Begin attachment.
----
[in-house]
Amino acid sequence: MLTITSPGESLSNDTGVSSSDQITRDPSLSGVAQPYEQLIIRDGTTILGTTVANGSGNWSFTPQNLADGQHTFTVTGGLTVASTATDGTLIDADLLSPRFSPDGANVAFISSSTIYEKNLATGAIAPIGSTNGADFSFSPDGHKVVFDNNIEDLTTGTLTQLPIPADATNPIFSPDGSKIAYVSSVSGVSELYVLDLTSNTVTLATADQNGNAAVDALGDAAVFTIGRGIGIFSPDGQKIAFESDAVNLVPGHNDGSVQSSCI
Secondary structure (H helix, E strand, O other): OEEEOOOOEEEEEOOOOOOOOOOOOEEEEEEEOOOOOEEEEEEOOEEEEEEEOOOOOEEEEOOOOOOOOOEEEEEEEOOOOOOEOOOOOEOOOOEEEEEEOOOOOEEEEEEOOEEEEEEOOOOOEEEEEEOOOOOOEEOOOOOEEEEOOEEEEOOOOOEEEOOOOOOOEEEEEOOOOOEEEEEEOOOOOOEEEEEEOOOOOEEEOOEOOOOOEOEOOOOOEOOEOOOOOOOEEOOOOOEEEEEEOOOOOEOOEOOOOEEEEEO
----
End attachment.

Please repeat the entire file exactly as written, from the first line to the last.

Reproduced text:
[in-house]
Amino acid sequence: MLTITSPGESLSNDTGVSSSDQITRDPSLSGVAQPYEQLIIRDGTTILGTTVANGSGNWSFTPQNLADGQHTFTVTGGLTVASTATDGTLIDADLLSPRFSPDGANVAFISSSTIYEKNLATGAIAPIGSTNGADFSFSPDGHKVVFDNNIEDLTTGTLTQLPIPADATNPIFSPDGSKIAYVSSVSGVSELYVLDLTSNTVTLATADQNGNAAVDALGDAAVFTIGRGIGIFSPDGQKIAFESDAVNLVPGHNDGSVQSSCI
Secondary structure (H helix, E strand, O other): OEEEOOOOEEEEEOOOOOOOOOOOOEEEEEEEOOOOOEEEEEEOOEEEEEEEOOOOOEEEEOOOOOOOOOEEEEEEEOOOOOOEOOOOOEOOOOEEEEEEOOOOOEEEEEEOOEEEEEEOOOOOEEEEEEOOOOOOEEOOOOOEEEEOOEEEEOOOOOEEEOOOOOOOEEEEEOOOOOEEEEEEOOOOOOEEEEEEOOOOOEEEOOEOOOOOEOEOOOOOEOOEOOOOOOOEEOOOOOEEEEEEOOOOOEOOEOOOOEEEEEO